17 Oct 2016
Did you know that "male lions defend the pride's territory while females do most of the hunting"? Did you know that "the name humpback whale describes the motion it makes as it arches its back out of the water in preparation for a dive"? What about this one: "ostriches have the largest eyes of any land living animal and they measure 50 mm (2 inches) in diameter"?
Google now shows random facts about animals in the "did you know" section of the Knowledge Graph card. They're extracted from various sites and Google actually links to the source.
Some example of queries that return random facts: [cat], [lion], [tiger], [alpaca], [giraffe], [ostrich], [duck], [elk], [raccoon], [shark]. It's worth pointing out that you can get another random fact by reloading the page or searching again for the same animal.
17 Oct 2016 9:00pm GMT
15 Oct 2016
Google Knowledge Graph has more than one billion entities and more than 70 billion facts about these entities (people, places, things). It's huge and it brings a different dimension to search: understanding concepts and the relation between them.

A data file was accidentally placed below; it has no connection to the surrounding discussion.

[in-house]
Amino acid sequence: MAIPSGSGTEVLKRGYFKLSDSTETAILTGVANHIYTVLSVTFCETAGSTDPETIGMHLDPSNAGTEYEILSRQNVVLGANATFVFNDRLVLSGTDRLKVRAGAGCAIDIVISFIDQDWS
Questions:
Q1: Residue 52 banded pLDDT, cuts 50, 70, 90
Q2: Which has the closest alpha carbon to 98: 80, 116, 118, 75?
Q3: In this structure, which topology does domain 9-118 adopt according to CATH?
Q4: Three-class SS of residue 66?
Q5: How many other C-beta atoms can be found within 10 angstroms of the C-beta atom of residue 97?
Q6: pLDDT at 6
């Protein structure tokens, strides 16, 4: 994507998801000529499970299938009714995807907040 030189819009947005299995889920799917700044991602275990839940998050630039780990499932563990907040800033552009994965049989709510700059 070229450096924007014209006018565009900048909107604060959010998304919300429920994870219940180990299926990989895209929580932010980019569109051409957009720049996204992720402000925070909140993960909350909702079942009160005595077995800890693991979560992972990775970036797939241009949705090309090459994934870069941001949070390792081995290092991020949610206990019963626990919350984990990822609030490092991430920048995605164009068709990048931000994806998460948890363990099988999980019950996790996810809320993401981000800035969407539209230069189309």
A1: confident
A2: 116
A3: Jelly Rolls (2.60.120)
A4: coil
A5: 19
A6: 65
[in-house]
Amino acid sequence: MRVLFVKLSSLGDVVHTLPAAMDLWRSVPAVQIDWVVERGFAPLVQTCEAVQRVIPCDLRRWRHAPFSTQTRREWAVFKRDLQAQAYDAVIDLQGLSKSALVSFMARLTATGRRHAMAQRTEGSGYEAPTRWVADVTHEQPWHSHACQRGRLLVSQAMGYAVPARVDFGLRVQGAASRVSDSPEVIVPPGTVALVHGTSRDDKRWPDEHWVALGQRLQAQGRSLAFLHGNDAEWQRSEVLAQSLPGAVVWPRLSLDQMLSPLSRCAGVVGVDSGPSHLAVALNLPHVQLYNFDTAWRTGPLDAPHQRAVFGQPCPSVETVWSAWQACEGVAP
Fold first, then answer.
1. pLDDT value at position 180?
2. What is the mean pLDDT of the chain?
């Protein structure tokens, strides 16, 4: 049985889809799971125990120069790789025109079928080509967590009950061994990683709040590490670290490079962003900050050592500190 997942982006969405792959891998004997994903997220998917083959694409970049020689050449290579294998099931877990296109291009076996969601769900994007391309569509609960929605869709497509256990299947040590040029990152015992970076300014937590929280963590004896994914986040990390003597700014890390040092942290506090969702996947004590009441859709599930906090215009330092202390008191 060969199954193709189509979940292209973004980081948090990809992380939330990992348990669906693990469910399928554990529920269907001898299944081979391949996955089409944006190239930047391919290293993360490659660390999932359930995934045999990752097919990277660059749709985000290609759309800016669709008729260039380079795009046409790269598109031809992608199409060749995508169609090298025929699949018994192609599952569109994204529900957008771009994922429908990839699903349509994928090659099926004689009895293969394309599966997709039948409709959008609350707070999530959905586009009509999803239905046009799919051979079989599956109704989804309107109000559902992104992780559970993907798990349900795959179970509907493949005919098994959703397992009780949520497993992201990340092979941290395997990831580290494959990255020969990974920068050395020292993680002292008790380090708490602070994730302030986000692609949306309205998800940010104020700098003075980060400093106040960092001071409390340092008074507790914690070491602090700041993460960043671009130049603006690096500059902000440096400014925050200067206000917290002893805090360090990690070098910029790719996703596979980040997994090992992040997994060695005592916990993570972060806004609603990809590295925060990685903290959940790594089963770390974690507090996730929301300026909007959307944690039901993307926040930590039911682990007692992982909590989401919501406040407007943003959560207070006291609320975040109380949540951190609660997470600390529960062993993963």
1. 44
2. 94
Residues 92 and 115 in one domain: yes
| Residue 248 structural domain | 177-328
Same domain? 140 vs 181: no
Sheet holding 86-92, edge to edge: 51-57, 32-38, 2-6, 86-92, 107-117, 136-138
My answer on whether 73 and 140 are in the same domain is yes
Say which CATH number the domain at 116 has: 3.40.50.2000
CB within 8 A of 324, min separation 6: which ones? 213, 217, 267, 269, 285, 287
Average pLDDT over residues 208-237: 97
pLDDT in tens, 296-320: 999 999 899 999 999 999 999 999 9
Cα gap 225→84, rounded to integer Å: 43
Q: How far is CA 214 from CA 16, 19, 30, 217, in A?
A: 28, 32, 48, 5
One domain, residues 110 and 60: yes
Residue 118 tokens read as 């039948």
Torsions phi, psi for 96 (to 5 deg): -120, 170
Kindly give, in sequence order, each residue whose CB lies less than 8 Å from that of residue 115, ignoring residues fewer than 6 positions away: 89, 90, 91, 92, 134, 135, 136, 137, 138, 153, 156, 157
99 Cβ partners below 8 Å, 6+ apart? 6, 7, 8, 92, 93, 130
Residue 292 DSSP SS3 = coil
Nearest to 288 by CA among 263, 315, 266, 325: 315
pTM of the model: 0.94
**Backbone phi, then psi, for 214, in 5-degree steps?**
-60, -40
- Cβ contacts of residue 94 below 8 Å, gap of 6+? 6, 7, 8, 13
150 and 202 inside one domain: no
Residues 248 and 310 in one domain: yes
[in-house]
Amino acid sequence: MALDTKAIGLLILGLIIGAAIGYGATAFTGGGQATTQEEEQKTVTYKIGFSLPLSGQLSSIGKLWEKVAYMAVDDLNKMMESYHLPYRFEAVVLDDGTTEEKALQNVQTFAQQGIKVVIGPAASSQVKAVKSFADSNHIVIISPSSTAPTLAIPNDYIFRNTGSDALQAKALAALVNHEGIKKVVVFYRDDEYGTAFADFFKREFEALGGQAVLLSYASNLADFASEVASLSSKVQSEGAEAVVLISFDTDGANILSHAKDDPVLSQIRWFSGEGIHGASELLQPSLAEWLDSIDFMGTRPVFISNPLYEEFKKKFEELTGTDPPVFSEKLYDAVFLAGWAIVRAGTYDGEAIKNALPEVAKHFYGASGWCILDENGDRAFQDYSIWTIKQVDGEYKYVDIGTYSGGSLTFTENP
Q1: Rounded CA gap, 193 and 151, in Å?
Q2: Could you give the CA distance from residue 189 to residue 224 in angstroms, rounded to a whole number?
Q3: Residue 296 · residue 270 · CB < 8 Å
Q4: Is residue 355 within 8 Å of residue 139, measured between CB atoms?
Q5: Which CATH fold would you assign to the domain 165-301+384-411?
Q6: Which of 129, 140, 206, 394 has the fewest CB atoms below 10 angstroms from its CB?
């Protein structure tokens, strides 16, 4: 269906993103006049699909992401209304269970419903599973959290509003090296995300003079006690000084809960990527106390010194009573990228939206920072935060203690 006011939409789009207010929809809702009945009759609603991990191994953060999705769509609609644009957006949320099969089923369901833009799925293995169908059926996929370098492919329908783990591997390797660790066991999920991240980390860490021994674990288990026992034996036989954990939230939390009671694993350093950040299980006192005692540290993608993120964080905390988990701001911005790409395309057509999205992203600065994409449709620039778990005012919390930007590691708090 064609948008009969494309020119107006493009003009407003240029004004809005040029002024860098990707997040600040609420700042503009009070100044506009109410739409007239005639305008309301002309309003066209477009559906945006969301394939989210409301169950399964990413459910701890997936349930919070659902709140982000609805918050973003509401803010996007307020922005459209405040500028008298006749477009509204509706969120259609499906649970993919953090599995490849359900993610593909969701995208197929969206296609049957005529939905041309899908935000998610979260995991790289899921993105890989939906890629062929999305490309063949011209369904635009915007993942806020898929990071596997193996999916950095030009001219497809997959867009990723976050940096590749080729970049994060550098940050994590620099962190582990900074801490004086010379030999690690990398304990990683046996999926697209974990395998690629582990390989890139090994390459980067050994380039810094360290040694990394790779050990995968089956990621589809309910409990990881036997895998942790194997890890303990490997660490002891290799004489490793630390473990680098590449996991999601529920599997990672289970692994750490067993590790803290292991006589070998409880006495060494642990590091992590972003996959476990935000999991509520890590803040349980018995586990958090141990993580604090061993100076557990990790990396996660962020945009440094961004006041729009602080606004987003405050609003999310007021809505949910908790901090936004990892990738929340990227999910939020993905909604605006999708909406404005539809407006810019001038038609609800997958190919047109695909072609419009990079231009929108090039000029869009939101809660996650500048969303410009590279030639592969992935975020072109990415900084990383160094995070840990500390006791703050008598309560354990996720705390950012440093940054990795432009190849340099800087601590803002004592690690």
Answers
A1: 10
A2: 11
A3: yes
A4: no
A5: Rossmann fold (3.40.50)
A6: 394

Mobile Google Search now has a section called "found in related search", which shows a few entities frequently mentioned in other related searches. For example, I searched for [ethanol molar mass] and Google showed 2 lists of organic and inorganic compounds: one of them was found in the related search [properties of alkanes] and the other was for [polar solvents]. Ethanol is a polar solvent which can be obtained from alkenes, while alkenes can be derived from alkanes, so Google's suggestions are somewhat useful.
This feature is not limited to chemistry, it also works for other topics. Here's a different query: [tour eiffel design], which shows other "towers of the world" and "tourist attractions in France".
15 Oct 2016 7:34am GMT
14 Oct 2016
I noticed an interesting Google Search experiment in the mobile/tablet interface. When searching for [alcohol with the highest boiling], Google converted my query into a question: "Which alcohol has the highest boiling point?", then it tried to answer the question using a snippet from a web page and then it added a "more results" link. Google's link sent to me to the search results page for the question inferred by Google.
14 Oct 2016 10:29pm GMT